News

May 22, 2020

A “New” Diamond Producers Association in the Offing as Organisation Goes in for a Total Revamp

There has been some speculation on the “Real is Rare” campaign: how well it has done in terms of its impact and how it will proceed in the future. There have also been some questions as to what path the Diamond Producers Association (DPA) will choose to take, after the change of guard at its helm, when David Kellie took over as CEO from Jean Marc Lieberherr, on December 31, 2019.

Now, if you visit the DPA website, at first you will get a stark page with a stark message:  "THE FUTURE OF DIAMONDS: A new Diamond Producers Association is coming soon.”  

While so far the organisation has not issued any press release outlining the nature of changes to be expected, there are some media reports which seem to be abreast of matters.

For example, reports in some publications, based on DPA CEO David Kellie’s utterances at a webinar last week, indicate that sweeping changes are in the offing.

The DPA has announced, these reports say, “a complete rebranding and a new marketing premise”.

“The association will be renamed and a suite of new consumer and trade websites, as well as new social media campaigns, are set to be launched from 1 June in the US and Europe, and 1 July in Asia,” Jeweller, the premier jewellery magazine for Australia and New Zealand reported.

The wide-ranging changes will include replacing ‘Real is rare, real is a diamond’, DPA’s previous marketing slogan, with a new one; and setting up new websites to replace the   existing www.realisadiamond.com.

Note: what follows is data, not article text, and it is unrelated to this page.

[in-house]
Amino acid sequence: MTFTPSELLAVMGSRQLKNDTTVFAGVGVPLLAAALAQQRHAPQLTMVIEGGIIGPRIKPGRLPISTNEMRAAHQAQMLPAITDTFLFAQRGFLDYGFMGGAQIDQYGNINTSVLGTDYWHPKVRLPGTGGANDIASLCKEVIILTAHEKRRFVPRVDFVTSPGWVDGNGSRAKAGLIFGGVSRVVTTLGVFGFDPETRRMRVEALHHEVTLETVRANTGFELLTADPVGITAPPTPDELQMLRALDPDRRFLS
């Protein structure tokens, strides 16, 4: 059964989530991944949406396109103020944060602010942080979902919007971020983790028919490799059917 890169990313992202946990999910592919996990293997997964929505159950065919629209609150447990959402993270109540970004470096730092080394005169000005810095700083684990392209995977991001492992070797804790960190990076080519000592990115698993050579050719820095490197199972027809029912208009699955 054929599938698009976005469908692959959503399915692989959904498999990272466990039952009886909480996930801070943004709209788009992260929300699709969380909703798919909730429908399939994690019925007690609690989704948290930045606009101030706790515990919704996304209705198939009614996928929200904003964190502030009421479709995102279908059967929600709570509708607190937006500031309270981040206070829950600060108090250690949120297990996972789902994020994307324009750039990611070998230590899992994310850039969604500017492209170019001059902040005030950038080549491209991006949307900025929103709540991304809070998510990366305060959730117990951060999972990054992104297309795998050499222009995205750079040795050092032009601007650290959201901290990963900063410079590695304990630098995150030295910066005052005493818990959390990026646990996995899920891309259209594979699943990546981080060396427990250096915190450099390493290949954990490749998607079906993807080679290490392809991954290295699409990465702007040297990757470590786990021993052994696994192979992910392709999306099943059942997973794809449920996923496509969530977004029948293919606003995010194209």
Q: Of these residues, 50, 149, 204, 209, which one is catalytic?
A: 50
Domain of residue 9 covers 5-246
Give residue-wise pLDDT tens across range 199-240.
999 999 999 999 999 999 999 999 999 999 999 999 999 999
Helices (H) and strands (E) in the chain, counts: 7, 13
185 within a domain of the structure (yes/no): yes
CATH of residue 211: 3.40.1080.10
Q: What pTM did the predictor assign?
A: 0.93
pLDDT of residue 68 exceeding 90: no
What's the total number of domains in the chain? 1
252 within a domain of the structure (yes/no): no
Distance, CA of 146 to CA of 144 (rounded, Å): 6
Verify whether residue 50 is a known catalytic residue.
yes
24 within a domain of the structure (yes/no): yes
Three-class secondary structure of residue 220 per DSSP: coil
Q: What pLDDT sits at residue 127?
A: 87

Jeweller quoted Kellie as saying at the webinar: “Everything that you’re more familiar with around the DPA is going to be relaunched and rebranded. It’s our objective to be the number-one destination globally for consumers coming into websites looking for information, inspiration and education around the world of natural diamonds.”

Further, Kellie said that the target audience for the new campaigns would be younger consumers and “mid-income” jewellery customers. 

“The Cartiers and Bulgaris of this world do a wonderful job at the very high end [but] the audience we’re speaking to is much more of a mid-tier audience,” Jeweller quoted Kellie as saying. “They want luxury, but they don’t want to be patronised because they can’t afford high luxury.”

The diamond industry is all agog and waiting for the new plans and campaign to be unveiled. Now, in the midst of the COVID-19 situation it is more important than ever that those leading the marketing charge for diamonds should get it right.